One critical bit of information raised by George Phillies that was barely discussed during the burying of his Ballot Access audit commissioned by Dixon is the discovery that there is no paper trail recording each transaction. This is how is was possible for many checks to be written for ballot access expenses which cannot now be documented. Phillies suggested in his report that there should be a file for each and every transaction, even if it is simply a handwritten receipt noting the check number and purpose. Our current method leaves the states responsible for generating this documentation, which is a haphazard process when done at all.

6 Comments:

Anonymous phillies said...

" As of July 31st our accounts payable stood at $125,695. "

And the cash on hand was a very small fraction of this.

Also, see the financial report: Income is running $110,000 a month. Outgo is substantially above this. We are in very serious financial straits, and there does not appear to be a response. Is there a plan to cut expenses short term to $100,000 a month? Or to increase income?

I confess that my response to the recent fundraising letters is I see little explanation as to how the money on the last project was spent, and suspect that it was spent not on the project at hand.

7:54 AM  
Anonymous phillies said...

I see that once again Mr. Gilson de Lemos is not present as a representative.

4:18 PM  
Anonymous GregD said...

Once again, both staff and LNC seem to be under the mistaken impression that there is no relationship between the decline in donations and members' perception of the donor worthiness of the organization.

Perhaps donations and pledges decline because after one year, the staff still can't get the database fixed. Perhaps there is a relationship between the staff advocating an Iraq Exit Strategy that calls for foreign aid (a violation of the platform) and declining donations.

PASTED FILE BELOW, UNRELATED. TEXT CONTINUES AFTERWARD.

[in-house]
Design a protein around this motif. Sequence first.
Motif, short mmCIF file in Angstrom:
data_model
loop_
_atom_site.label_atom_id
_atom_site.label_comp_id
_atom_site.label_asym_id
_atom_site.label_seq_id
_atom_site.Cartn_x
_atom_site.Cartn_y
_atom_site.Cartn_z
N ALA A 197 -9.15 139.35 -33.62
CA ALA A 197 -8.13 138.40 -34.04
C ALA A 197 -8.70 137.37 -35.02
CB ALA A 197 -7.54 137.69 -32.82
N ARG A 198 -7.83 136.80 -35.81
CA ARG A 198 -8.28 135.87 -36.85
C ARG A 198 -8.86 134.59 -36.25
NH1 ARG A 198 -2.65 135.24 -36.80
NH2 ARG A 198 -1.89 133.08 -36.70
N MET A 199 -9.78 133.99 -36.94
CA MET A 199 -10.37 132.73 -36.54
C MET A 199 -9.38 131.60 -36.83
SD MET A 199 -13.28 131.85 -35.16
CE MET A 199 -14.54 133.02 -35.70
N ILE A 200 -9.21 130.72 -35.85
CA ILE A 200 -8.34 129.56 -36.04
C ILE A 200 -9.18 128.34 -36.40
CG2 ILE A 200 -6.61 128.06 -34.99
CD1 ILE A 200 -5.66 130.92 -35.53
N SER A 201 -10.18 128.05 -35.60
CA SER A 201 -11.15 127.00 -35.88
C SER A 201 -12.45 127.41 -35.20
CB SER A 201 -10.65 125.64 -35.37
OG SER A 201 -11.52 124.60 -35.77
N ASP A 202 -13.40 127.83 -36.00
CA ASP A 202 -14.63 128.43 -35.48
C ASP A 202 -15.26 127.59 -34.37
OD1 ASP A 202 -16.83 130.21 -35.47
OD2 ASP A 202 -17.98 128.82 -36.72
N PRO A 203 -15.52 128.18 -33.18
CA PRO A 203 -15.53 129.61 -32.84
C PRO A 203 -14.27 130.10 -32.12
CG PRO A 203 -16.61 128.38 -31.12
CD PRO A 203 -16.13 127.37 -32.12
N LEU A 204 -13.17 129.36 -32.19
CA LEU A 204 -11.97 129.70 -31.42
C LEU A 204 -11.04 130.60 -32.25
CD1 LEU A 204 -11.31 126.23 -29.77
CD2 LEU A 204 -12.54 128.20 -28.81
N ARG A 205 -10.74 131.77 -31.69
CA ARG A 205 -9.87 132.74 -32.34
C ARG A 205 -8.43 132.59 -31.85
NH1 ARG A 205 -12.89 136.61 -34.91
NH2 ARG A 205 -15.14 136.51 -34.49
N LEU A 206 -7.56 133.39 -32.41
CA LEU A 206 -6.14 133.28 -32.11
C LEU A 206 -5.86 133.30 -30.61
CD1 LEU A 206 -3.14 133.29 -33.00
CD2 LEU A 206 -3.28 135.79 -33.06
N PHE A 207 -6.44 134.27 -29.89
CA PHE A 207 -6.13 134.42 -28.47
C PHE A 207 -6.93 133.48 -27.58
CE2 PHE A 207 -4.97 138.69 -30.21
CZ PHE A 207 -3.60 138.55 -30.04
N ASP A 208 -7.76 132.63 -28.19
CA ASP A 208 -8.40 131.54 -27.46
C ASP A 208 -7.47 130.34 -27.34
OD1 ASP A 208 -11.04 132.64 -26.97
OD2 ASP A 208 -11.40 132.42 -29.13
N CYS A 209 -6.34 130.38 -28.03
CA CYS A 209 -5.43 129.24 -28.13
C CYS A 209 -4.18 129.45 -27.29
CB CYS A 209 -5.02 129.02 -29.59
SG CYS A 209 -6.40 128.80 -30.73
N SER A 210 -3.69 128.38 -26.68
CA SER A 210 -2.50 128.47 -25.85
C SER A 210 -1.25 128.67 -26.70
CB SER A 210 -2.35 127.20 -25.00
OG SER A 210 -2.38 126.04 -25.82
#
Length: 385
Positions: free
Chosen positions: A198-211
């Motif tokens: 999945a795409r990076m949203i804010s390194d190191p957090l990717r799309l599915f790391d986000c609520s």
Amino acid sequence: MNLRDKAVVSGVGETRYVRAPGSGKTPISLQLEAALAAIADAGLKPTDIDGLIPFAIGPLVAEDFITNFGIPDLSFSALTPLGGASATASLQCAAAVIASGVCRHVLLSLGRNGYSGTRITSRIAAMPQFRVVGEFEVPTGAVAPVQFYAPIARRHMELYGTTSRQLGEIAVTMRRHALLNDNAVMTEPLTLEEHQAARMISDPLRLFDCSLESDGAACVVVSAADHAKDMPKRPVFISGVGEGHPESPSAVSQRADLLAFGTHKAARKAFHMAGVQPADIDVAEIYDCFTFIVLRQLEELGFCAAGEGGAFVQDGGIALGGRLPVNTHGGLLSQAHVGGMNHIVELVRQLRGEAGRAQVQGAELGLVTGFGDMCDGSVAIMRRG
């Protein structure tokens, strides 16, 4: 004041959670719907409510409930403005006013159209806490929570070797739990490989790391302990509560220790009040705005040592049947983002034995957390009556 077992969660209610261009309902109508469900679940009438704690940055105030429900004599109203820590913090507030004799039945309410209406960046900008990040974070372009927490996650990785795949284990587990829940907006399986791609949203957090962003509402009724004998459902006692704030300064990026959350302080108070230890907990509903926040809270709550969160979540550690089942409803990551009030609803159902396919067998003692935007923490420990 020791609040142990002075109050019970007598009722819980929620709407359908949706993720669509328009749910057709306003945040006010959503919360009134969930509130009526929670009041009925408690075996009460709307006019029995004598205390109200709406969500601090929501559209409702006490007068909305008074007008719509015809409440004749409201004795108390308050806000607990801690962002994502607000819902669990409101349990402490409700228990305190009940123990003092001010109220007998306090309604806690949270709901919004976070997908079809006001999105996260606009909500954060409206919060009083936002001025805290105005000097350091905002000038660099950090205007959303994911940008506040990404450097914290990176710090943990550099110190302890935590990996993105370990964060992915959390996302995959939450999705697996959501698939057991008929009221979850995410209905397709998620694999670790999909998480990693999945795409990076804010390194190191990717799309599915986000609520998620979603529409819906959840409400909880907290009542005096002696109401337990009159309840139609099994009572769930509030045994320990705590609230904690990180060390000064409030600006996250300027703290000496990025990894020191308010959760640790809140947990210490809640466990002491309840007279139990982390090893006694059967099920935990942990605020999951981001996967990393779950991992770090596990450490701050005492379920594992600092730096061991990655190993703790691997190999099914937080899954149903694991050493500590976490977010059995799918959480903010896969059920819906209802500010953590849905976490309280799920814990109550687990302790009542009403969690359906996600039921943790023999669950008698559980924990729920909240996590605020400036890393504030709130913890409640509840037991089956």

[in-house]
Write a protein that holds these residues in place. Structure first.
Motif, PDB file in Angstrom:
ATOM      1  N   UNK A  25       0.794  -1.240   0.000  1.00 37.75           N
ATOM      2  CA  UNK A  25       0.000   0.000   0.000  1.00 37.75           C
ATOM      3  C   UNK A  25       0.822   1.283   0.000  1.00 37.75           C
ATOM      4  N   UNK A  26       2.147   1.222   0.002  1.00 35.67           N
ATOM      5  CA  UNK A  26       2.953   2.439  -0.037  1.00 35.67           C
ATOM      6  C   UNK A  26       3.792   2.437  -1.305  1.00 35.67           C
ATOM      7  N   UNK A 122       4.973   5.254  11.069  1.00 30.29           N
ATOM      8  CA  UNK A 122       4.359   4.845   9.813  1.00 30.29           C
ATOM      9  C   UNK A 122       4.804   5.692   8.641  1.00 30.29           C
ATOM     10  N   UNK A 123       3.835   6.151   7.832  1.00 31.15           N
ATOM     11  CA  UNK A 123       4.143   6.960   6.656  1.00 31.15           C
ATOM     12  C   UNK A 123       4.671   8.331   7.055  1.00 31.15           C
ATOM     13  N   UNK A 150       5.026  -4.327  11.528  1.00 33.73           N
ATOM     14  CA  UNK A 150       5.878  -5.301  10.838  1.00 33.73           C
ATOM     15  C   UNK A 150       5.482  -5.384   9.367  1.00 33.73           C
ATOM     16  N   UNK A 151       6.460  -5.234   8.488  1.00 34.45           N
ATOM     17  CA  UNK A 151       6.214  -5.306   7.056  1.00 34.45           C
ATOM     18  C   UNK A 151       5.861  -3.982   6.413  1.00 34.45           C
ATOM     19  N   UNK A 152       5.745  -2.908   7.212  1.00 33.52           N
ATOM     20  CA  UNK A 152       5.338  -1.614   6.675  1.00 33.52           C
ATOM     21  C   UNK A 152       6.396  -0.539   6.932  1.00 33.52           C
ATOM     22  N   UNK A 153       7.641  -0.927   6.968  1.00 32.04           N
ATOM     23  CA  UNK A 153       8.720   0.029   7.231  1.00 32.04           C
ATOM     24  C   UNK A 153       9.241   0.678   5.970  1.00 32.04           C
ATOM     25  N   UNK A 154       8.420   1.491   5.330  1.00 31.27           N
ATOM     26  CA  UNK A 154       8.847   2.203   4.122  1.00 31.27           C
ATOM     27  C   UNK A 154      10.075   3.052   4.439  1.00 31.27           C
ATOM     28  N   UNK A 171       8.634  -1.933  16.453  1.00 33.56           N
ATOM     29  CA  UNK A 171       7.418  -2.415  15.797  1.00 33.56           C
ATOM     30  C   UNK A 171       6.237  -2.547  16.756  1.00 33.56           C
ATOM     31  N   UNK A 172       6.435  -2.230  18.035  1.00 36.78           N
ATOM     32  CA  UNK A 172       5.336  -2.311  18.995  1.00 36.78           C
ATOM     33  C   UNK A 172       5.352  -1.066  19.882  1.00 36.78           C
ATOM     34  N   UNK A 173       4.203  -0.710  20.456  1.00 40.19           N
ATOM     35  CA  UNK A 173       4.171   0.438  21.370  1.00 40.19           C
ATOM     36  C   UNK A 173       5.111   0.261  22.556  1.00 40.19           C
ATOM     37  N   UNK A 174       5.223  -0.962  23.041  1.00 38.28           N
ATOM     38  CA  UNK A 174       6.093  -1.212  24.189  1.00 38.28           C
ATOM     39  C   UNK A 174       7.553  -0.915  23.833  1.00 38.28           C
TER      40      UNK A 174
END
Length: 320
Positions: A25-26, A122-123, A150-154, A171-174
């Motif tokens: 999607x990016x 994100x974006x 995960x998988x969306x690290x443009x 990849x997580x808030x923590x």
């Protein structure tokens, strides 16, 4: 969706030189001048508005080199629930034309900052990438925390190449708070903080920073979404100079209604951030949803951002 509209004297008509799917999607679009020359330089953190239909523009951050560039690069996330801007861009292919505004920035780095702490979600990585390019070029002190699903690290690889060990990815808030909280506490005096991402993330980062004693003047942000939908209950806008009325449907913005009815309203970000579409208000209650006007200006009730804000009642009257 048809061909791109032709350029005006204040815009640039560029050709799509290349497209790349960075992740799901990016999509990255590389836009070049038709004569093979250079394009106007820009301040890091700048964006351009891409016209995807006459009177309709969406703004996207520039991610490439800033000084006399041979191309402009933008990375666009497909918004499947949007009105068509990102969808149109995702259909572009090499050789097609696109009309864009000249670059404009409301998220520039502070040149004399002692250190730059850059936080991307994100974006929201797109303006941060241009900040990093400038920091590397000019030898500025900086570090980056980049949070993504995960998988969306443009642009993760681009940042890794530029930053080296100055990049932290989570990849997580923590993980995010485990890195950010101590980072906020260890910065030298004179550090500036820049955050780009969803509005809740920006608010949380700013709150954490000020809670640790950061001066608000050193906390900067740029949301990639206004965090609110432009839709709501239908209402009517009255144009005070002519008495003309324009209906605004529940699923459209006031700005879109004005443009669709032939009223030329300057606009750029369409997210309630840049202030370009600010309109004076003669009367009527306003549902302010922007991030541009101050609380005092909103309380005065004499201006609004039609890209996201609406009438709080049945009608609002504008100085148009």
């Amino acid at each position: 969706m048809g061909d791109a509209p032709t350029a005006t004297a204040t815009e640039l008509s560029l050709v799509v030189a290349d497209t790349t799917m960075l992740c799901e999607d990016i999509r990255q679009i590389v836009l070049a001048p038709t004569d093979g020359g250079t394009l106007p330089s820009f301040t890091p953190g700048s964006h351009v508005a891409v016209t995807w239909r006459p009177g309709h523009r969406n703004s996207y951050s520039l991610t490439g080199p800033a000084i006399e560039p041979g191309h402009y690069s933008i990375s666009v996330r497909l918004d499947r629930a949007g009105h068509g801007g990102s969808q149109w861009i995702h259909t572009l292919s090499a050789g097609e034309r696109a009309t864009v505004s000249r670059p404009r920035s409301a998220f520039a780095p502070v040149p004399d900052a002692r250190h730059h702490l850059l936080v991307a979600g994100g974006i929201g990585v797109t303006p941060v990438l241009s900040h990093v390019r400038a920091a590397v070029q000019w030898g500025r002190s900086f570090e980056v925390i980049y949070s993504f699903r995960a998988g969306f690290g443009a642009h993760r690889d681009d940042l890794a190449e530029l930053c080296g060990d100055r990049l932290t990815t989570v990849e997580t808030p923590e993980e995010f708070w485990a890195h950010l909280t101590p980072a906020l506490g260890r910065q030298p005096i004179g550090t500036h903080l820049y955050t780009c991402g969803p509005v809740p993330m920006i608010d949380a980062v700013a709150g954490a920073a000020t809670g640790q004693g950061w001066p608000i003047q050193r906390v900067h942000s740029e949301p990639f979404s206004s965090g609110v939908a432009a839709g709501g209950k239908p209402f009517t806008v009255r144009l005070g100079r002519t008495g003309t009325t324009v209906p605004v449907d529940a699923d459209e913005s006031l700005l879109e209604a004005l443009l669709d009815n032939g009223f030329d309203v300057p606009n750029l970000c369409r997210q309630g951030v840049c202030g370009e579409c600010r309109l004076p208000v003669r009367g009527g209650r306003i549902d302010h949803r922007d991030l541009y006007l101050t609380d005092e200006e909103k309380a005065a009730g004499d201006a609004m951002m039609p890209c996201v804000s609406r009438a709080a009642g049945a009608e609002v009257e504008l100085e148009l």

Both LNC and staff have made a lot of mistakes and they continue to try and cover them up -- even after it is obvious to the membership.

6:33 PM  
Anonymous phillies said...

I understand what Greg Dirasian is saying.

How many people know about the database issues?

How many people ever saw the IES?

I think the answer is 'lots'. However, there are a bunch of other issues, like
Secret Ballot on Raising Dues to $50.
Lowering Dues to $0 a few months later.
What was done with the money we raised?
Surplus of right libertarian fundraising letters.

I beleive there were a lot of issues not the least of which is an inactive board that is not doing politics itself.

10:51 PM  
Anonymous GregD said...

The most active 10% of the party are on email lists. They are also donors. They know about all the problems.

Direct-mail fundraising letters need to give news report how the last batch of money was spent, and even identify success or failure. Propose a plan for raising more money, and then go from there. If the staff keeps sending out the same bright yellow letter saying "give us money or we are closing the doors" people are going to get tired of it.

To raise money via direct-mail, you must prove that you are donor-worthy.

7:09 AM  
Anonymous phillies said...

With respect to burying my audit, I don't think you need to worry about that.

George

2:46 PM